Due in part to the ongoing lack of clear standards, plaintiffs continue to bring claims, asserting that they were unable to access features provided on websites due to their disabilities. In addition, businesses frequently receive letters from plaintiffs' attorneys challenging the accessibility of their web content, in the hopes that such entities will engage in settlement discussions and modify their practices. Moreover, the DOJ has taken regulatory actions against various entities for failing to ensure website accessibility. Accordingly, despite the proposed rules' current inactive statuses, dealers and sales finance companies would be wise to consider the ADA when developing and modifying their web content.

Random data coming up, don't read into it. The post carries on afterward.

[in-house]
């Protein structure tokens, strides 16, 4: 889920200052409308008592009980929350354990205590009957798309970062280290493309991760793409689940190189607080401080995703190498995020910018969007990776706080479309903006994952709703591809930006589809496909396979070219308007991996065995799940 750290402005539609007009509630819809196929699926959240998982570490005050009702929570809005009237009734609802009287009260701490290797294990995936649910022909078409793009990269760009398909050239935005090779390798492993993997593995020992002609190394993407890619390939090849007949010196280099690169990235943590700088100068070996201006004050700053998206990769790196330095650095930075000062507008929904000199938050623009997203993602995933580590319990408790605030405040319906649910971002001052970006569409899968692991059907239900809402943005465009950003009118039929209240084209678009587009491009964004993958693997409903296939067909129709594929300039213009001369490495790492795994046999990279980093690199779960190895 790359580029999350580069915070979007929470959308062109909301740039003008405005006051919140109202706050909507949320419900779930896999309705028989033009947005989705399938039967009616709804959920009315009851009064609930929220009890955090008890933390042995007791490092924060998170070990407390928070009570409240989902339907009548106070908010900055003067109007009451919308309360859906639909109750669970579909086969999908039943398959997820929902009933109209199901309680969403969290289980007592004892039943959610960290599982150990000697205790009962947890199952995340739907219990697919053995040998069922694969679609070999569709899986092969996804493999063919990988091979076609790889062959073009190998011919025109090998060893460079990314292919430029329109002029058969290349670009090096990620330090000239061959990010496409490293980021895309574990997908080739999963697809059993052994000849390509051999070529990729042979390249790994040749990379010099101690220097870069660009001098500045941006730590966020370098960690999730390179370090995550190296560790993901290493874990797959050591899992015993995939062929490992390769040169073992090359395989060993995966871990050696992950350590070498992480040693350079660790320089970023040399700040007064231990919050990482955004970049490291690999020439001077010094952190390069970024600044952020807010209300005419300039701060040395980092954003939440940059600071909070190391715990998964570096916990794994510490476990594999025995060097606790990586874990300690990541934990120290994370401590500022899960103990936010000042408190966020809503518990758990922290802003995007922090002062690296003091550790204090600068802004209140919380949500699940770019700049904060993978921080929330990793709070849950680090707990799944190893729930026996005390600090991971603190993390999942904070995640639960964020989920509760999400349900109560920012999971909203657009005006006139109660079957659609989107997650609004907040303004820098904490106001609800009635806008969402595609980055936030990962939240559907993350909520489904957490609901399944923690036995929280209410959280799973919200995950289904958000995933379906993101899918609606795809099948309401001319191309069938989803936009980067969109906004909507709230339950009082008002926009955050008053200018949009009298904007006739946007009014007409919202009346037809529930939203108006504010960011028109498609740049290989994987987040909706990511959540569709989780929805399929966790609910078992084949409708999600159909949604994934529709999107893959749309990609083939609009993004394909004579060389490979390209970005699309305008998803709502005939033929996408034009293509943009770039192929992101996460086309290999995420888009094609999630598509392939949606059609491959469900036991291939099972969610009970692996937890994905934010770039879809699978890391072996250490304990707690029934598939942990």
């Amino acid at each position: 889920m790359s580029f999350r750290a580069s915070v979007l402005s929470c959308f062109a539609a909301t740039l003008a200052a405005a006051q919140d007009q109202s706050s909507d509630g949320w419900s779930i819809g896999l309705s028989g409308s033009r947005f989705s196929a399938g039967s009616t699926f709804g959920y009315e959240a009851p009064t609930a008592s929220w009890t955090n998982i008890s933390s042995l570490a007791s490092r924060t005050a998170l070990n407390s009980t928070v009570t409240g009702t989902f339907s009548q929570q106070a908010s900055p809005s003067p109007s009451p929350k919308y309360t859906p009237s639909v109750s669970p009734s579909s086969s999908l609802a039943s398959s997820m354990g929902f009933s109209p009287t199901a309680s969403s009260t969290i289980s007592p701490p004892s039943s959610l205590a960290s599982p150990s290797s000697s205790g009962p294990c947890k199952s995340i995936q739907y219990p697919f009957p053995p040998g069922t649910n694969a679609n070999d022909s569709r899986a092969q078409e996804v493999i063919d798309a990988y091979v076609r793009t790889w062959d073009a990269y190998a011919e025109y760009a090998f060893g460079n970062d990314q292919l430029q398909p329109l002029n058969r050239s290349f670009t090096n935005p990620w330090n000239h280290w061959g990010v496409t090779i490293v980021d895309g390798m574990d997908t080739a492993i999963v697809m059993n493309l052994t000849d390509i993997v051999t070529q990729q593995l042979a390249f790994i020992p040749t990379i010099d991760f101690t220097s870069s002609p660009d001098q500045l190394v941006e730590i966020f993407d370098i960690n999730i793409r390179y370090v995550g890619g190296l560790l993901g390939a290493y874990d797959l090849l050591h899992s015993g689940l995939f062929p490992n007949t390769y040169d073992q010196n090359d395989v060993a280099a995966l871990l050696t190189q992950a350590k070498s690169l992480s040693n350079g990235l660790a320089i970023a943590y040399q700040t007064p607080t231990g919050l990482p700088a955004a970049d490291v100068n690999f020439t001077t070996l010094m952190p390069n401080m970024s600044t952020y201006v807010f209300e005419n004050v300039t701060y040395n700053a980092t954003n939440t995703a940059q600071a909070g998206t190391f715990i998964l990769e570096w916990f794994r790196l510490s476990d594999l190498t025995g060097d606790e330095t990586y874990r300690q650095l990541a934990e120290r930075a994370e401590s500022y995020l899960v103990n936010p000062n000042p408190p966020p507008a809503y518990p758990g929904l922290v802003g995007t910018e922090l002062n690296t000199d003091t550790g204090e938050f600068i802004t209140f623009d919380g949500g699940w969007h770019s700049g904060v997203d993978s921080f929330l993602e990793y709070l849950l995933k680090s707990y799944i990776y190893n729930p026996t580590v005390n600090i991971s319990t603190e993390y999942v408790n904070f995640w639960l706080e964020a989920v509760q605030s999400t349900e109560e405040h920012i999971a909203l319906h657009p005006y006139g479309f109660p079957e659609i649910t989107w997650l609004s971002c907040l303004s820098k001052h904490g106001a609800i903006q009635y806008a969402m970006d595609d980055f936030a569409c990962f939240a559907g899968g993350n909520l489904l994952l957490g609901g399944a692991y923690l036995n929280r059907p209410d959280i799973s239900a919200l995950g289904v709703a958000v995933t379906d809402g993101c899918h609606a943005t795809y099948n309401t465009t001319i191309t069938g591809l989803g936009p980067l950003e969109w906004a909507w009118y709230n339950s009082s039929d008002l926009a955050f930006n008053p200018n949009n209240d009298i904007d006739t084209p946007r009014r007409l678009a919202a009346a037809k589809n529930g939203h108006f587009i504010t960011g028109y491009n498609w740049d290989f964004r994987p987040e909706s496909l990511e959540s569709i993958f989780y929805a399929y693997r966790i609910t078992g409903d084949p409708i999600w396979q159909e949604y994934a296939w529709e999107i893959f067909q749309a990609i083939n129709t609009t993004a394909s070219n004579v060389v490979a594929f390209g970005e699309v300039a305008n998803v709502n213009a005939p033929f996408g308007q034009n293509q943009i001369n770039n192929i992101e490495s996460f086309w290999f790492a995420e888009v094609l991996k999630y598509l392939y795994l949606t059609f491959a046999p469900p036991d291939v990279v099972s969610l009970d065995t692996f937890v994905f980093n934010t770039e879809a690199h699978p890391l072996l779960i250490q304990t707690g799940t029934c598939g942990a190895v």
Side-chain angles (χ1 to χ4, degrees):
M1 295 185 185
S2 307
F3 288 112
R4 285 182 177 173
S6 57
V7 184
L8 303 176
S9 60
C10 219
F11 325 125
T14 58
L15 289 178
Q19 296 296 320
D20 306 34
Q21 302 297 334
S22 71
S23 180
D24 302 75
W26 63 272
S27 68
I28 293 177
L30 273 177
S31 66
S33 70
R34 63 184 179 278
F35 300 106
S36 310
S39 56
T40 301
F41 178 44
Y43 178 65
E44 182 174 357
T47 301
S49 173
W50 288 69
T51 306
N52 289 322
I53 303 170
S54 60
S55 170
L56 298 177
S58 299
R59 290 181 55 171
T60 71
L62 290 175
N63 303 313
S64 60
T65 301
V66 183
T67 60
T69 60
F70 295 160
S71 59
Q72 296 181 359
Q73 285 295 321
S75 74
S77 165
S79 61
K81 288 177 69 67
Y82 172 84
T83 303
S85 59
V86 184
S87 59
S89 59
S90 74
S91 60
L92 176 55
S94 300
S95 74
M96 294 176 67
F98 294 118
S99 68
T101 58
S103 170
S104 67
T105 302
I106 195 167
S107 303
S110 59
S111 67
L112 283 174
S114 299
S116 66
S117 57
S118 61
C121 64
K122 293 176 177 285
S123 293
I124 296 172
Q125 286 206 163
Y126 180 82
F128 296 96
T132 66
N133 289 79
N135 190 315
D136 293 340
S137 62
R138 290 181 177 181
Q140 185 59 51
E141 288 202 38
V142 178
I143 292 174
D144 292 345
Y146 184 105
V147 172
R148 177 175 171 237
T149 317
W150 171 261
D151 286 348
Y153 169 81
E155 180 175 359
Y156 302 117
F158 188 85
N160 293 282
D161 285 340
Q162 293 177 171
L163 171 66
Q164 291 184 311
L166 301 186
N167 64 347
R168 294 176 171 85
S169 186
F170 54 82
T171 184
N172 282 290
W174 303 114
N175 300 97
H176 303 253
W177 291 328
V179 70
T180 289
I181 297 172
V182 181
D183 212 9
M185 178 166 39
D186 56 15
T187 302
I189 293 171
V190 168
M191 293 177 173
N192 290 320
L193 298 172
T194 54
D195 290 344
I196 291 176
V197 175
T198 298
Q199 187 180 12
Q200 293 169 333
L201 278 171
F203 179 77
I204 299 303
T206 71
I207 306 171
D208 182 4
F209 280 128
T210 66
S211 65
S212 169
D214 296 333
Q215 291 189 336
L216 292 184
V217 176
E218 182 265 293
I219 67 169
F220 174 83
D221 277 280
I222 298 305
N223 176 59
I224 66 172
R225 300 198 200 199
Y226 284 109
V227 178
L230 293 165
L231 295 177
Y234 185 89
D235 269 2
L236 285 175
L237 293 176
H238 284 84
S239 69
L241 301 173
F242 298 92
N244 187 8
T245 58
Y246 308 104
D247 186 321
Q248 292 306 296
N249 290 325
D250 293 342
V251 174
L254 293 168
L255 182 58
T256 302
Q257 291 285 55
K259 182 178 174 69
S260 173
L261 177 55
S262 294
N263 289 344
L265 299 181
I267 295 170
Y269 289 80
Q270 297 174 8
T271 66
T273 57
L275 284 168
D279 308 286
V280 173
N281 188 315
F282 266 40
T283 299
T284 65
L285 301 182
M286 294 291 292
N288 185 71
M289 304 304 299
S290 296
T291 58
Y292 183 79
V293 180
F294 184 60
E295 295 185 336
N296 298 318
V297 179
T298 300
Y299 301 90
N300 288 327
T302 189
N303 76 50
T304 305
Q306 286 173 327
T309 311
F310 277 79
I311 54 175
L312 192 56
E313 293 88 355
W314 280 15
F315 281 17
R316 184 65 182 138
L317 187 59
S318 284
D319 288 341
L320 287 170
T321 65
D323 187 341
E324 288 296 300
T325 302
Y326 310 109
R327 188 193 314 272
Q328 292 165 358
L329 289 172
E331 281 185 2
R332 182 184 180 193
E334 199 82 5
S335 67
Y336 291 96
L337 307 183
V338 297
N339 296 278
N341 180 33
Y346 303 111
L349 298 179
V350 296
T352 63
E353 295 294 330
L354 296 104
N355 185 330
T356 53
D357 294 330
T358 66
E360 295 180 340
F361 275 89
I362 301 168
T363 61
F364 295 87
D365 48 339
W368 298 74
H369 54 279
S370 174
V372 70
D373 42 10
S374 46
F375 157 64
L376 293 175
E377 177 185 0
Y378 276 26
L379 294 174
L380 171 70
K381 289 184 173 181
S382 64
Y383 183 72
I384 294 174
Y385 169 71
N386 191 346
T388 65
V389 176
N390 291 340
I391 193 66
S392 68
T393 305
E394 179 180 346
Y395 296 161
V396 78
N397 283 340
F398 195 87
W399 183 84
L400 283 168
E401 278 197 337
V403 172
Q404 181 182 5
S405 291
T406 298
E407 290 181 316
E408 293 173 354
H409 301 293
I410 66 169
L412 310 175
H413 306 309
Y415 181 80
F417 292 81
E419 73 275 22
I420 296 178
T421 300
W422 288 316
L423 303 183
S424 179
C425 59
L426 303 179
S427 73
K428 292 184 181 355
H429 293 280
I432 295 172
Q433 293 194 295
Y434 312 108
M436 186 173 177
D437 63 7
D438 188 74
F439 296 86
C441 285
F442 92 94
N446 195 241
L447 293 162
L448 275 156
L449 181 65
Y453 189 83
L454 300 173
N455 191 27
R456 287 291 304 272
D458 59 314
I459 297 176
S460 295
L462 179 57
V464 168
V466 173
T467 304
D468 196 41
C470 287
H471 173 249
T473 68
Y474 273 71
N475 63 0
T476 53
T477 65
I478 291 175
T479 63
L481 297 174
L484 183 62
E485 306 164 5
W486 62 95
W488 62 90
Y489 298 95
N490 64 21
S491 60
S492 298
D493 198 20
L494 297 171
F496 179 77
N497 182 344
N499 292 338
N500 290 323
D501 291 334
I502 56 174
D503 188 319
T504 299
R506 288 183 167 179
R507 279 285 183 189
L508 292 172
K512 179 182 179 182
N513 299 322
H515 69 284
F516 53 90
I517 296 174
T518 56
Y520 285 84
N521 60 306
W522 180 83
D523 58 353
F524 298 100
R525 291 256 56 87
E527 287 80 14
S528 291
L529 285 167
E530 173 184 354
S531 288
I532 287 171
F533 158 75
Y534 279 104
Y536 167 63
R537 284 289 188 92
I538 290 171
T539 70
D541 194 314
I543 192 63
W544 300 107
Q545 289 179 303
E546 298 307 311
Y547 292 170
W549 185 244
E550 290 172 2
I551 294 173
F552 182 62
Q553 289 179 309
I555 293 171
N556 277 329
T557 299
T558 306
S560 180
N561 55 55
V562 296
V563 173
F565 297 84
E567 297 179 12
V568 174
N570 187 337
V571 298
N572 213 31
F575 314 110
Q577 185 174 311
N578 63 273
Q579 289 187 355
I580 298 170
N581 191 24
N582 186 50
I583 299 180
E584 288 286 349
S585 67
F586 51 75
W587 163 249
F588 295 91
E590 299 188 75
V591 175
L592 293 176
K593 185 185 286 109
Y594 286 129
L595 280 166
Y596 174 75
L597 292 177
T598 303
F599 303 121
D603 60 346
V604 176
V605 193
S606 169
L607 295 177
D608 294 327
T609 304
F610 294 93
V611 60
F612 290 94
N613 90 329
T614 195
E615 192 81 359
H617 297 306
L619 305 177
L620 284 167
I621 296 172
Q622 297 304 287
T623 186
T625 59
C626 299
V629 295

When evaluating web content accessibility, the DOJ and private plaintiffs generally rely upon standards set forth in the Web Content Accessibility Guidelines 2.0 (WCAG 2.0). The WCAG 2.0 was produced by the Web Accessibility Initiative, a working group of the World Wide Web Consortium. These standards are intended to make web content more accessible to a wider range of people with disabilities. The WCAG 2.0 is broken down into twelve guidelines, organized under four overarching design principles: perceivable, operable, understandable, and robust. For each guideline, the WCAG 2.0 provides users with testable criteria to determine which of three levels of conformance has been obtained: Level A (lowest), Level AA, Level AAA (highest). In its enforcement actions, the DOJ has generally mandated compliance with Level AA, suggesting that dealers and sales finance companies ought to strive to meet that level of conformance.